Fianna Fáil health spokesman Stephen Donnelly says the progress made in cutting waiting lists has to be acknowledged, along with the advocacy of parents. “That said, the recent loss of momentum in clearing waiting lists, along with difficulties accessing some specialist equipment for children with scoliosis means a lot more work is required.”
Dozens of children had their surgeries carried out in the UK and Germany in 2017, but last year just one child travelled abroad for treatment.
Ms Cahill says some children who did travel abroad for treatment have been left with no Irish consultant, and are forced to go to an emergency department when they need help.
Orthopaedic doctors in the children’s hospitals have argued the four-month limit set by Mr Harris is too simplistic for what is a complex condition. While acknowledging the need for timely treatment, they say resources must be provided once the treatment plan is determined by the child’s clinical needs.
Mr Donnelly says the solution in the long term is to address the “chronic” shortage of consultants in the health system.
CHI said it regretted that any child should experience a long waiting time for treatment, but added that €9.3 million in HSE funding this year and a 10-point action plan means is starting to deliver results, with a consistent reduction in waiting times.
Most children are seen within 12 months, it said, though some have to wait longer. A new patient administration system being implemented at Crumlin will give “a more defined waiting time” to families and referring doctors.
Scoliosis, a spinal curvature of more than 10 degrees, affects 1 per cent of children in Ireland. Many children’s condition deteriorates without prompt intervention.
A parent’s experience
Joseph Hornick is one of dozens of parents who have resorted to private medicine to ensure their child with scoliosis gets the urgent treatment they need.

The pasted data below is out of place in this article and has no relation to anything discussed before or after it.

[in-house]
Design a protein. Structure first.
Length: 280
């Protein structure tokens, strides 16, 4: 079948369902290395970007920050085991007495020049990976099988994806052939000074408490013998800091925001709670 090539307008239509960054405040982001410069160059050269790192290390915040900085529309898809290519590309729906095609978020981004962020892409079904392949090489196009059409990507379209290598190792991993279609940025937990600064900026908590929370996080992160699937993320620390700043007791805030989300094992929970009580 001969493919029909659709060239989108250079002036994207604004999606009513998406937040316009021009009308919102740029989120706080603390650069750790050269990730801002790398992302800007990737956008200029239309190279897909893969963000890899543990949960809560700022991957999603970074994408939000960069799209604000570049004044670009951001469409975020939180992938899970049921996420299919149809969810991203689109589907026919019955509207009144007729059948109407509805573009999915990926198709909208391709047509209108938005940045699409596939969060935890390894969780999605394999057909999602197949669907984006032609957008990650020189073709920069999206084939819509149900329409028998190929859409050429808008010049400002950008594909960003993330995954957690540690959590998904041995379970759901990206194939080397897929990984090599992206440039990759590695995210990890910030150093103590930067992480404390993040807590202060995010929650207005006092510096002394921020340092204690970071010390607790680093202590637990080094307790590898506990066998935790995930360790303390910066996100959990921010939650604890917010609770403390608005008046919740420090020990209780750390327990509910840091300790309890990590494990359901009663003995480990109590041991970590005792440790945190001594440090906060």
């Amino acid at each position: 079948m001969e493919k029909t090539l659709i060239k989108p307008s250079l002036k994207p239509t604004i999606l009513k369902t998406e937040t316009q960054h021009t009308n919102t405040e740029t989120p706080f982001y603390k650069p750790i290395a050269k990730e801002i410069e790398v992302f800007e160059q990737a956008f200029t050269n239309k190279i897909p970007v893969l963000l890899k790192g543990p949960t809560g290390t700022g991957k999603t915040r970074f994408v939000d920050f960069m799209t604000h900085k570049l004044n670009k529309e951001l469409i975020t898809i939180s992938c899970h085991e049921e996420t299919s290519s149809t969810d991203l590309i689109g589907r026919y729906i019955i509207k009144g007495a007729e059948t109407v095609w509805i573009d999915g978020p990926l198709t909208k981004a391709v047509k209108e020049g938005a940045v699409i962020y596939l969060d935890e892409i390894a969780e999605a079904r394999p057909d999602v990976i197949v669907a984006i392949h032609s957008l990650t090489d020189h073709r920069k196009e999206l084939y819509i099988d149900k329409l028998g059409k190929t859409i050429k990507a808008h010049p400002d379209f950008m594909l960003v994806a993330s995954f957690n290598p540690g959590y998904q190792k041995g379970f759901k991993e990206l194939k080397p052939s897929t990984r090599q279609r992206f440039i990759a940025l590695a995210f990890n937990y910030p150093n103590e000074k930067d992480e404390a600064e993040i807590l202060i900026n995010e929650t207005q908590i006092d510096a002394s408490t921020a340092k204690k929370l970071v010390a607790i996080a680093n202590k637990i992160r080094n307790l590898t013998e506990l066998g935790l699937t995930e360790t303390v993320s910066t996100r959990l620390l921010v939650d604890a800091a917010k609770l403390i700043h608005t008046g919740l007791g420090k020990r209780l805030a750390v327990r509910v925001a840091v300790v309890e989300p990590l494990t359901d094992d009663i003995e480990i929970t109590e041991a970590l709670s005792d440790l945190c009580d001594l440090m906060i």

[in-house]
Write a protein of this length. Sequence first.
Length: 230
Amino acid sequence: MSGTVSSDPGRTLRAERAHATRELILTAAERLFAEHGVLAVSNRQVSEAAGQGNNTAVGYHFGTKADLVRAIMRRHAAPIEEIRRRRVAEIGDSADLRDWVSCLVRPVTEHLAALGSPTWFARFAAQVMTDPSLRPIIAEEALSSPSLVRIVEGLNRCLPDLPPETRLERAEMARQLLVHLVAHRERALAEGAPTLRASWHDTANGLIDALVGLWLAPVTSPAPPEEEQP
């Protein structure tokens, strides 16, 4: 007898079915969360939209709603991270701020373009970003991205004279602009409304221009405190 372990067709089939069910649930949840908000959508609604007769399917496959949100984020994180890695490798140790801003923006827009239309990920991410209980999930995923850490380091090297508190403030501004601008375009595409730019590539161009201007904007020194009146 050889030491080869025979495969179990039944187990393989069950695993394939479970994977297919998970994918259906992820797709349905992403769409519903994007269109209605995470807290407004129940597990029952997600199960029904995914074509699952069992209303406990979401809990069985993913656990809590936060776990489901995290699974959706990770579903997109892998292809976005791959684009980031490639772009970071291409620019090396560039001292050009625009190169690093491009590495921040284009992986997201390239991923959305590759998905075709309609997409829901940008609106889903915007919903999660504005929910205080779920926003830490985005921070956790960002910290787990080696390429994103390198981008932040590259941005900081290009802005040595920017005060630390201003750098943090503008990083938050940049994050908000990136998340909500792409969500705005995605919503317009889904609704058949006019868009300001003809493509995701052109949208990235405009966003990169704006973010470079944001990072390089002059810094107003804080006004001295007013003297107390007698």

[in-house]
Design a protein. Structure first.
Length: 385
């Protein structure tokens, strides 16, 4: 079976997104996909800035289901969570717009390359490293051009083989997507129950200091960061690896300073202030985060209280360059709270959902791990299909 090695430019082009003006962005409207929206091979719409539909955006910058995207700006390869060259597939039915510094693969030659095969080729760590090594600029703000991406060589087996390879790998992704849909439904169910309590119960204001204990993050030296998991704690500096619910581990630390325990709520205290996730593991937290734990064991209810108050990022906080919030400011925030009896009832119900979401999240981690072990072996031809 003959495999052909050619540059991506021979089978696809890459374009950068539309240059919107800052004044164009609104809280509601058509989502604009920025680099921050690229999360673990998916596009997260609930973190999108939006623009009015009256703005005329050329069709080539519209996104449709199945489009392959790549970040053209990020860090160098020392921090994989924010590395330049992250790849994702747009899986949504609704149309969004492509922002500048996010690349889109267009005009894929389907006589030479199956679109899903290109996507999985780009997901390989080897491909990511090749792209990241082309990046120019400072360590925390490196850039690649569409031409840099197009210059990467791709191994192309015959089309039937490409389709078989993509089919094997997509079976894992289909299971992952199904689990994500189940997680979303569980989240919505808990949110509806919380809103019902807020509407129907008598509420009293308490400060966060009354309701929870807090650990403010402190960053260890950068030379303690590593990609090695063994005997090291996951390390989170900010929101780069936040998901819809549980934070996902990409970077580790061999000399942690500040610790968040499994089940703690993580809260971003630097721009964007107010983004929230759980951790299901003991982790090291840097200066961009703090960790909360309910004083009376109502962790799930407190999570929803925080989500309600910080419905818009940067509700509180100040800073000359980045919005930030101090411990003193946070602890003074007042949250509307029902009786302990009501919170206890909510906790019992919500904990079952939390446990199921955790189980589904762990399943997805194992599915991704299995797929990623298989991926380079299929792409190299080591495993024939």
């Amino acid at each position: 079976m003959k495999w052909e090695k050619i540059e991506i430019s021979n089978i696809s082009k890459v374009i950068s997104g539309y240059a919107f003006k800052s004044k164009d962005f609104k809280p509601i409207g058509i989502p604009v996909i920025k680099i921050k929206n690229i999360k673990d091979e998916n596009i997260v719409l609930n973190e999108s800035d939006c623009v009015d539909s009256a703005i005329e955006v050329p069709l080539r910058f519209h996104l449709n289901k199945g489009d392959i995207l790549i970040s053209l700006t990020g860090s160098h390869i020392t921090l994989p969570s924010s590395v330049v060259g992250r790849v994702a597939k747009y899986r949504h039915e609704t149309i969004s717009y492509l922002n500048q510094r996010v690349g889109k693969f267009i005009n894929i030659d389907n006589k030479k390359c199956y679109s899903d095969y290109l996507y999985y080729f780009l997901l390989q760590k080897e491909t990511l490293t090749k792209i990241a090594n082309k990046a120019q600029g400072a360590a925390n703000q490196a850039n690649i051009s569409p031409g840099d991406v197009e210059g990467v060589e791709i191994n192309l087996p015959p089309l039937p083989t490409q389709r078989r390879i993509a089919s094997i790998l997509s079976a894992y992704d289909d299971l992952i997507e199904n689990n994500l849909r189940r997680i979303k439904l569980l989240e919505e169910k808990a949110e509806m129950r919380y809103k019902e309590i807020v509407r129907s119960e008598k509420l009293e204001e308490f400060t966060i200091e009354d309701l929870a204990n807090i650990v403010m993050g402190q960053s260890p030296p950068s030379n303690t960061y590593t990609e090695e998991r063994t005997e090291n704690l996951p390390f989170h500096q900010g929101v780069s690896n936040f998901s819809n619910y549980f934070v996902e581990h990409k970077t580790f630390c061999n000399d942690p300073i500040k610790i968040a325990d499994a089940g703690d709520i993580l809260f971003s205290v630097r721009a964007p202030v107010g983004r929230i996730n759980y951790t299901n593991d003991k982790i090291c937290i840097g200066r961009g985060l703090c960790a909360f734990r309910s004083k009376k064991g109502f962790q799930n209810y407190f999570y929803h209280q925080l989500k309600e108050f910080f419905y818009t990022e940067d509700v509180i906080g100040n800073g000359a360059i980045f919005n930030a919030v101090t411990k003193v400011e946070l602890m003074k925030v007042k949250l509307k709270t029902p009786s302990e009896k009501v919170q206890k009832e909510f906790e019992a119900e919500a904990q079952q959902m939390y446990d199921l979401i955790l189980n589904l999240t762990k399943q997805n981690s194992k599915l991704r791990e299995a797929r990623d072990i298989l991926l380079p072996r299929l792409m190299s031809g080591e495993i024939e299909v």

His 11-year-old daughter, Amber, was diagnosed with a severe spinal curve in their local hospital in Wexford in October 2018. She was then referred to University Hospital Waterford, and then to Crumlin children’s hospital.
In December, she received a letter saying she was on a waiting list for a “first” assessment, but no timeframe for seeing her was specified.
“We were told her case was urgent and she was in the frame for surgery, but we could get no response,” he says. “I wouldn’t have minded if they had said ‘she’ll be seen in six months’ but we were told nothing.”
Noting the progression of her spinal curve since October, Hornick became very worried, and opted to source an appointment in early March with a consultant privately – the same consultant who would see her in the public clinic – at a cost of €220.
Since then, Amber has received two public appointments in Crumlin, but her father believes this is due to Claire Cahill (of the Scoliosis Advocacy Network) “pushing it”.
“Many people would not be able to afford a private appointment. That’s hardly fair. And it seems as though those who shout loudest get seen first.”
“Parents are so worried when they receive no timeframe or date from Crumlin in reply to an urgent referral,” says Cahill. “This lack of information pushes parents into the private system as they cannot wait indefinitely for public assessments.”